if it weren't for the time i lose riding on public
transit everyday, i'd get so much more done (i tell myself this everyday).
wake up around seven--sometimes earlier, sometimes later--and try to get out by seven-thirty...
or seven-fortyfive. it's been getting later since i've been making my lunch recently.
i'm packed and jump out in the cold, morning blue air. i trek out five blocks to the
brown line montrose station or, more likely, one block to the clark 22 bus stop. the train is
consistent, but farther than the bus. the bus is a quick walk, but always seems to
pass right before i make it to the corner leaving me cursing in it's thick, black
exhaust. either way, i make it to belmont avenue where i catch a red line train to
downtown. by now, it's about eight (maybe a little after) and i hold my thumbs for
a seat on the train. i've discovered the earlier, the better the chance because they
run more trains between seven and eight than between eight and nine.
the past three days i've been up by six-fifteen to catch the sun rise. it's a photojournalism
assignment. i think i enjoy it, once i'm up. i almost just want to sit there in my state of drunken
tiredness, but i shoot and wake and stare and shoot. they're slides so i should have them by tomorrow.
by now, i've made it underground on the red line, almost to jackson,
where i get off and climb out onto state street. most working men and women get out earlier on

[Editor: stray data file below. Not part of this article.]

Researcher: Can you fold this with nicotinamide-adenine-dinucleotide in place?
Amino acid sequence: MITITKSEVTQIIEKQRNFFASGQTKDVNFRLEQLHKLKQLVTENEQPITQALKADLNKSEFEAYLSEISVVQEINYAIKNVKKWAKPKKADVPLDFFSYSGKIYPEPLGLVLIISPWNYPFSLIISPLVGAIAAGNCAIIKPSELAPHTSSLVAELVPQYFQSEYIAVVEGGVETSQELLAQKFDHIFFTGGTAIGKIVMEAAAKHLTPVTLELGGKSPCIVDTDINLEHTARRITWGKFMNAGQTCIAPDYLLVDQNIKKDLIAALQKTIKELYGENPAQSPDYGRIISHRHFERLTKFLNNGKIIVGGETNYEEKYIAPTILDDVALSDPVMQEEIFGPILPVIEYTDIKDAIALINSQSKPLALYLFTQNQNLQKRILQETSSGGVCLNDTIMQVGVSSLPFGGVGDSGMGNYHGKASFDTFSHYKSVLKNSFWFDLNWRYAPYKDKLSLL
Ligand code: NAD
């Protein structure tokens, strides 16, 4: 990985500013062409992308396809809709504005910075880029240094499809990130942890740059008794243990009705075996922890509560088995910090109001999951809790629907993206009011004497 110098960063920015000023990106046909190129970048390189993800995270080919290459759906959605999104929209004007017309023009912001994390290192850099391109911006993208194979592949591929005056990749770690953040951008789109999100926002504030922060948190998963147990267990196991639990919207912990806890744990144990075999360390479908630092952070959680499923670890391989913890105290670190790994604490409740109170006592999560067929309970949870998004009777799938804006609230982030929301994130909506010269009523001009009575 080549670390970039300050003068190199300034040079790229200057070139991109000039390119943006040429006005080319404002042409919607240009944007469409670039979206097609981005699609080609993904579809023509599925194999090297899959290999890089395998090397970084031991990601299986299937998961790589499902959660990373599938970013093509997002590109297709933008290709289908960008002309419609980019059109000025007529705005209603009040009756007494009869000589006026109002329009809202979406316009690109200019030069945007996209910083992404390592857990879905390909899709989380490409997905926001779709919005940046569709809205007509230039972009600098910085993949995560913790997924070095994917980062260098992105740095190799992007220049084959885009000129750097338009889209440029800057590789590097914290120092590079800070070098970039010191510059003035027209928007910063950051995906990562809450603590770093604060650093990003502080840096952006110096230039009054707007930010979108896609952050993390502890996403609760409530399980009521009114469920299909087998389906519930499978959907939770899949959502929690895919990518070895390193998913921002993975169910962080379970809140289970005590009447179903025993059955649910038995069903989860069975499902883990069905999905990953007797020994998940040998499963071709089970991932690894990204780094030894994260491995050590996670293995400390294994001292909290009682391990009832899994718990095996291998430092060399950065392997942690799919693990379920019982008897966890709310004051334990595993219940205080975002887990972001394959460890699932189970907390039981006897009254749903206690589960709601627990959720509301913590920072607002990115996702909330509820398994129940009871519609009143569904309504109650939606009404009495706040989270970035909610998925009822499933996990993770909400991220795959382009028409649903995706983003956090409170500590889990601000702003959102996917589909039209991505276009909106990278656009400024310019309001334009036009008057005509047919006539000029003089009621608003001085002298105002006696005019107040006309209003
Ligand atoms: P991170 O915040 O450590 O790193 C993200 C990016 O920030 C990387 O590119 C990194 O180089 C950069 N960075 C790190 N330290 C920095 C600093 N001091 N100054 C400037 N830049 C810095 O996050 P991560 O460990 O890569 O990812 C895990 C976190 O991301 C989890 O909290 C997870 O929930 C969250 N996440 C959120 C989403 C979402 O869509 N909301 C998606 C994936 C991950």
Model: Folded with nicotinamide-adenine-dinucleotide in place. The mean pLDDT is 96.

washington or monroe, so by jackson i don't have to push my way to a door before the train stops.
yeah, so i'm now outside walking the four or so blocks to school, passing the
central chicago library and cutting through parking lots filled with cars, cars, cars.
it hasn't gotten unbearably cold yet, but it's usually around the forties
in the morning (downtown in the shadows of tall buildings) warming up to about fifty or
sixty by noon. i can get to school by eight-thirty or forty, leaving me with enough time
to shoot commuters on michigan avenue with the early sun light.
i've slowly been breaking myself into shooting people without inhibitions. one of the easiest place
is on the loop transit platforms or down in the subways. people standing or walking to their train
don't ever seem to notice or don't care, they focus on dashing and searching for the car with the
fewest people standing inside. it's different on the street. these people, bathed in sunlight
and cut with shadows, want to get out of my way because they think i'm shooting something behind
them (or they get selfconscious and nervous). i haven't been yelled at yet, only dirty looks. it's
taught me to shoot as soon as possible and forget about tweaking with speeds and f-stops. it's
becoming second nature, kind of like riding public transit. i suppose spending two to three hours
of my day on the transit system isn't so much wasted time as it is an opportunity to get
something done. and as my photojournalism professor has assigned me--to document it and create something.